South Korean President Park Geun-hye said on July 21 that the move to deploy a THAAD missile defence system was “inevitable” because of a growing threat from North Korea and that division in the South over its deployment is what Pyongyang seeks.
North Korea’s launch of three ballistic missiles on July 19 was the latest evidence that the anti-missile system is needed, Park said at a National Security Council meeting.
This month’s announcement by South Korea and the United States to deploy a Terminal High Altitude Area Defence (THAAD) unit with the US military in a rural melon-farming county in the South triggered loud protests from residents worried about possible negative health and environmental impacts.
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“If we continue to be divisive and social confusion grows about a decision we had no choice but to make to protect the country and the lives of our people, it would be exactly where North Korea wants us to go,” Park said, according to her office.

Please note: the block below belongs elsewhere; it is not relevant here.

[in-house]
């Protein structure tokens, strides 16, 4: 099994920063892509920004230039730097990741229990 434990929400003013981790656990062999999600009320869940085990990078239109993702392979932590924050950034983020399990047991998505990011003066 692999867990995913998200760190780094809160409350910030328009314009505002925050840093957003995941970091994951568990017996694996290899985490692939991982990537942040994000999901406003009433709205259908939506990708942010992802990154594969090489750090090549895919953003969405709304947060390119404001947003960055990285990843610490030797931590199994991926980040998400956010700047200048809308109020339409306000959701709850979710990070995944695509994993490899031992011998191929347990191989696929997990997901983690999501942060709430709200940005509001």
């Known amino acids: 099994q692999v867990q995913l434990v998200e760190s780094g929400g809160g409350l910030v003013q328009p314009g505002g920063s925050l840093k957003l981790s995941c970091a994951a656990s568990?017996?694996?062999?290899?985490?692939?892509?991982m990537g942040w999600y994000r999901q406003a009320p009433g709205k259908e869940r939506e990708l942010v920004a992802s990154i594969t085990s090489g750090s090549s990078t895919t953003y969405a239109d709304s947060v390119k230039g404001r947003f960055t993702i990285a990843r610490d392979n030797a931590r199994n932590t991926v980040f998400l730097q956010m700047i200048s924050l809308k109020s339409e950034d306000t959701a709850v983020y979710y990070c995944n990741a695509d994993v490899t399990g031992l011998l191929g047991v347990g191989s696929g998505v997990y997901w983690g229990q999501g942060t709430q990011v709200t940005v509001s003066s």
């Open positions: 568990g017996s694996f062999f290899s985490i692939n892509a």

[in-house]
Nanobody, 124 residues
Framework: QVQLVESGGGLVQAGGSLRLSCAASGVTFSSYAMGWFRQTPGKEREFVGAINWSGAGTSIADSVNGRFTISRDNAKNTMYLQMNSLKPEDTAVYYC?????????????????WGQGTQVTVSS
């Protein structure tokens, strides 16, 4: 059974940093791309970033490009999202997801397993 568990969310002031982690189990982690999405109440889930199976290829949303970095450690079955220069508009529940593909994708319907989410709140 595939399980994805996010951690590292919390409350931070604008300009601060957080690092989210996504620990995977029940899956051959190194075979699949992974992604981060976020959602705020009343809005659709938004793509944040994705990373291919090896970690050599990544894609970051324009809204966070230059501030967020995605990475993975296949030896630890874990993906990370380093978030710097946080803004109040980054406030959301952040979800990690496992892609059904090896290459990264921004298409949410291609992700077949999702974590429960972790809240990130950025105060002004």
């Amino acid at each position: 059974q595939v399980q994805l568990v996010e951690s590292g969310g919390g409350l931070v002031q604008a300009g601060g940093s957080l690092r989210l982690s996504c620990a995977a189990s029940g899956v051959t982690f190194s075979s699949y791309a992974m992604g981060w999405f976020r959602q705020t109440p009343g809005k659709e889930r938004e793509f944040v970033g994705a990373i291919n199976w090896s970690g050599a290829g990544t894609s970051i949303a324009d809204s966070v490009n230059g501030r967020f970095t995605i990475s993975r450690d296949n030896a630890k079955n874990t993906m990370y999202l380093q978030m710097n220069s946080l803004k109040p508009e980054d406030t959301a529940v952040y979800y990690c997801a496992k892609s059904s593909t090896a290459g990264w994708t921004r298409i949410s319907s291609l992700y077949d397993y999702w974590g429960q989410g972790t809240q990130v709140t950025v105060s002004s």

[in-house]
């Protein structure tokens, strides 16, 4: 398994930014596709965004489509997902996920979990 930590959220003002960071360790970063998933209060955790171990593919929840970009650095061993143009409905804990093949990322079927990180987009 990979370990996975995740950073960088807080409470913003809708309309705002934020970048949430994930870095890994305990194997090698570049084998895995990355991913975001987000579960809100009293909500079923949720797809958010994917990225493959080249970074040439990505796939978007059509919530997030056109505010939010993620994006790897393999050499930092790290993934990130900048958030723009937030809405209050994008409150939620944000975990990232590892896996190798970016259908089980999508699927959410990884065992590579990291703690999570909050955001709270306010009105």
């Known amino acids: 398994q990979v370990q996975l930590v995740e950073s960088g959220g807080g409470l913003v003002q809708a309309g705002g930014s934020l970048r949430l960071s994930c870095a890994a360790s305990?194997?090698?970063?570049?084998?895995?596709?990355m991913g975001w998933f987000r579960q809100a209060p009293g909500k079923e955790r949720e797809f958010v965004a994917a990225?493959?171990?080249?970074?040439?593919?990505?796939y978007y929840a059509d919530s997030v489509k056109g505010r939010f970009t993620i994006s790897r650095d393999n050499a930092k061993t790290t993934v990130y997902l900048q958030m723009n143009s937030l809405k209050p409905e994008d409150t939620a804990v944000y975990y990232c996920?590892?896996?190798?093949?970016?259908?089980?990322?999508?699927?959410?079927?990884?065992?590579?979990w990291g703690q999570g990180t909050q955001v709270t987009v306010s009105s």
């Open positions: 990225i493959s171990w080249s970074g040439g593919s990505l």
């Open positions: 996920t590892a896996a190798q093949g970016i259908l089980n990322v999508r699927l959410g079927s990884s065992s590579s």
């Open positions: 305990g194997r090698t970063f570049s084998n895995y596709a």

North Korea said on Wednesday it had conducted a ballistic missile test that simulated preemptive strikes against South Korean ports and airfields used by the US military, likely referring to the three missiles fired on Tuesday.
The missiles flew between 500 kms and 600 kms (300-360 miles) into the sea off its east coast and could have hit anywhere in South Korea if the North intended, the South’s military said.
Many residents of Seongju, about 200 kms (120 miles) from the capital Seoul, joined by opposition members of parliament and civic groups, have demanded the government scrap the decision to site the THAAD battery there.
Thousands of Seongju residents were expected to hold a protest rally in central Seoul later on Thursday.
That follows a raucous standoff last week between residents and the country’s prime minister, who was pelted with eggs and plastic bottles and trapped inside a bus for several hours when he visited the county to explain the THAAD decision. Some residents blamed outside leftist activists for the incident.
Park said North Korea could stage an act of aggression at any time, including possibly a fifth nuclear test or cyber attack against the networks of national and financial institutions.
The North has also increased military equipment near the land and sea border separating the countries, she told the security meeting.
The two Koreas remain technically at war under a truce that ended fighting in the 1950-53 Korean War.
Tension on the Korean peninsula has been high since North Korea conducted its fourth nuclear test in January and followed that with a satellite launch and a string of test launches of various missiles.